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Responsive Images – L'arrivée de srcset. Le gros problème du Responsive Web Design tient probablement dans la gestion des ressources chargées et utilisées sur une page web, utiles à notre terminal et adaptées à notre écran ou notre fenêtre de consultation.

Responsive Images – L'arrivée de srcset

Stéphanie nous en parlait déjà avec Responsive Webdesign - présent et futur de l'adaptation mobile. Je vous avais parlé l'an dernier de l'annonce du moteur WebKit (12 août 2013) concernant son support de l'attribut srcset ; c'est aujourd'hui Google qui publie la version 34.0.1847.116 (retenez 34, ça suffira) de son navigateur Chrome (qui est passé sous moteur Blink, fork récent de WebKit). Parmi les mises à jour, on retrouve les corrections de sécurité habituelles, mais également la prise en charge partielle de l'attribut srcset pour les éléments images <img>. L'attribut srcset, principes Lorsque vous insérez une image dans votre page web, il y a de fortes chances pour que vous utilisiez un code semblable à : Attribut srcset : exemple Et un peu plus élaboré : Démonstration.

Better SVG Fallback and Art Direction With The <picture> Element. Besides using an SVG as a background image in CSS, you can serve SVG foreground images in HTML using one of several embedding techniques, each of which has its advantages and use cases.

Better SVG Fallback and Art Direction With The <picture> Element

Unless you’re in need of interactivity or external styling, <img> is the standard way for loading an SVG image, but it has one disadvantage: you currently need JavaScript to provide fallback and/or change the image source for art direction. In this post, I’ll talk about a better way to do that, using the <picture> element. This is not a primer to using <picture>. There are a lot of great resources in the wild that contain everything you need to know about the <picture> element, so if you’re not familiar with it, refer to the last section of the article for a list of resources to learn all about it.

That being said, the article does not require any special or strong <picture> skills, as the examples are mostly self-explanatory as you will see. This article is also available in Russian. Responsive Images: Use Cases and Documented Code Snippets to Get You Started. Introduction Finally, true responsive images are becoming a reality on the web — in pure HTML, without convoluted hacks.

Responsive Images: Use Cases and Documented Code Snippets to Get You Started

The <picture> element and a couple of new attributes for the <img> element are behind a flag in Chromium 37 and shipping in Chromium 38 (so coming soon in Opera), in Firefox Nightly and are being implemented in WebKit (although it remains to be seen if Apple will ship it in the next version of Safari). The new <picture> element can be verbose and confusing, because it solves a range of use cases. To help you match your requirements to the responsive image syntax, we’ve prepared this article full of examples. Four questions Before you start using responsive images in your design, you always have to answer the following four questions:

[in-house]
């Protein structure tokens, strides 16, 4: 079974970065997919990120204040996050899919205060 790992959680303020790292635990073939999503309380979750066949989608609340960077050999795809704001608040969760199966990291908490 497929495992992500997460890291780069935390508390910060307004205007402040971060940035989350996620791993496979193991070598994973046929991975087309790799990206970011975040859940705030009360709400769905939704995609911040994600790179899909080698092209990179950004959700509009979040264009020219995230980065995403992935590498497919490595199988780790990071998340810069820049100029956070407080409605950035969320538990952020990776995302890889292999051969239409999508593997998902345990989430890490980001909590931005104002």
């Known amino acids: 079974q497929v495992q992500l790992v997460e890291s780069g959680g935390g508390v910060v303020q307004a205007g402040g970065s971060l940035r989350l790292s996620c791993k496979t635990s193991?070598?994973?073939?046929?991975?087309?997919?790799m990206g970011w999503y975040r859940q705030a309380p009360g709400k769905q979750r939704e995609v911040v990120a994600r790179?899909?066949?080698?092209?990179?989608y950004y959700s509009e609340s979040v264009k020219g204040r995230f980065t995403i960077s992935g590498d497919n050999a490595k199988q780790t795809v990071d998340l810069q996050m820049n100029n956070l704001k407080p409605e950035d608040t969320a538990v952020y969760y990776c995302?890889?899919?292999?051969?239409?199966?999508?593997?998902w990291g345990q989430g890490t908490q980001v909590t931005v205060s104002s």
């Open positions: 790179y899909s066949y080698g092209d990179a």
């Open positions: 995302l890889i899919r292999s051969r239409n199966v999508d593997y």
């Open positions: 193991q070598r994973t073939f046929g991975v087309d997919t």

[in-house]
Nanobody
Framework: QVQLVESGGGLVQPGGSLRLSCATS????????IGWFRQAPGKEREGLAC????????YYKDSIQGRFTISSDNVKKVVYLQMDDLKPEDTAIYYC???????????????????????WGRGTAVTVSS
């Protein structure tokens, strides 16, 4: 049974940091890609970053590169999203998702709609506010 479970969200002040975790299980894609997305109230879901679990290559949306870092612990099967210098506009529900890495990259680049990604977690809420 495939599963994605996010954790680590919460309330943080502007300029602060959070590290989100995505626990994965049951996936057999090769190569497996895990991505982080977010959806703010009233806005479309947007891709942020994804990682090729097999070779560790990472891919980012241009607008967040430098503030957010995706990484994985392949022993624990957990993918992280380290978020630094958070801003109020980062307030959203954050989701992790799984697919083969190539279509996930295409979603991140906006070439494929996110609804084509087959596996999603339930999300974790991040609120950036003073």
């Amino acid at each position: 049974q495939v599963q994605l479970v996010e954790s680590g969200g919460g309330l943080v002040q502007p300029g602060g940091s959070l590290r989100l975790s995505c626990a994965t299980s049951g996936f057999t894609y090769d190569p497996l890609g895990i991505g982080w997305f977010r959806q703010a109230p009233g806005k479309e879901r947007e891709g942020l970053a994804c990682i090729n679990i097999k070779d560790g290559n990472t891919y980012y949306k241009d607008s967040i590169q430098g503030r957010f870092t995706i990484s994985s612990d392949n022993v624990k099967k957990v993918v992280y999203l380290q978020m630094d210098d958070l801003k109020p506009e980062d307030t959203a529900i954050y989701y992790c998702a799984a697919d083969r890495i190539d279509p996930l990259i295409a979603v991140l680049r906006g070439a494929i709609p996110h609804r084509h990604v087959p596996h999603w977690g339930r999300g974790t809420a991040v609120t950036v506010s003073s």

Native Responsive Images. How It All Began Our story starts in ancient times, when WURFLs roamed the wilderness, and mobile-only websites were a thing.

Native Responsive Images

In these times, a developer that wanted to provide access to his website to mobile users created a simpler, dumbed down version of the “real” website, and served that based on UA detection. As you surely know, the proliferation of devices with numerous viewport dimensions and many different capabilities called out for a better way to target mobile (and not-so-mobile) users. Responsive Web Design combined new browser capabilities and CSS techniques to create websites that adapt to the device displaying them, and look ideal everywhere. That enabled developers to stop worrying about unreliable device detection and think of their websites in terms of viewport dimensions. But, even though RWD sites looked different on each device, underneath, most of them continued to download the same resources for all devices. But, hold on a minute. A Complete Guide to SVG Fallbacks.

The following is a guest post by Amelia Bellamy-Royds and me.

A Complete Guide to SVG Fallbacks

Amelia and I recently presented at the same conference together. We both covered SVG, yet neither of us SVG fallbacks comprehensively. It's such a huge topic, after all. While I've covered SVG fallbacks before, it's been a few years and we figured we could do that subject better justice now. Here we go! Intro to SVG Fallbacks Here at CSS-Tricks, there's a lot of information telling you how wonderful SVG is. Maybe they are stuck on an office computer that hasn't been updated since the IT guy quit six years ago, maybe they're using a second-hand refurbished phone they can't afford to upgrade, or maybe they just don't understand or don't care about updating to a new browser. Some tech-oriented web sites (like this one) can afford to say that they only support modern web browsers.

What KIND of fallback do you need? No fallback. On the interactive front, your options are limited.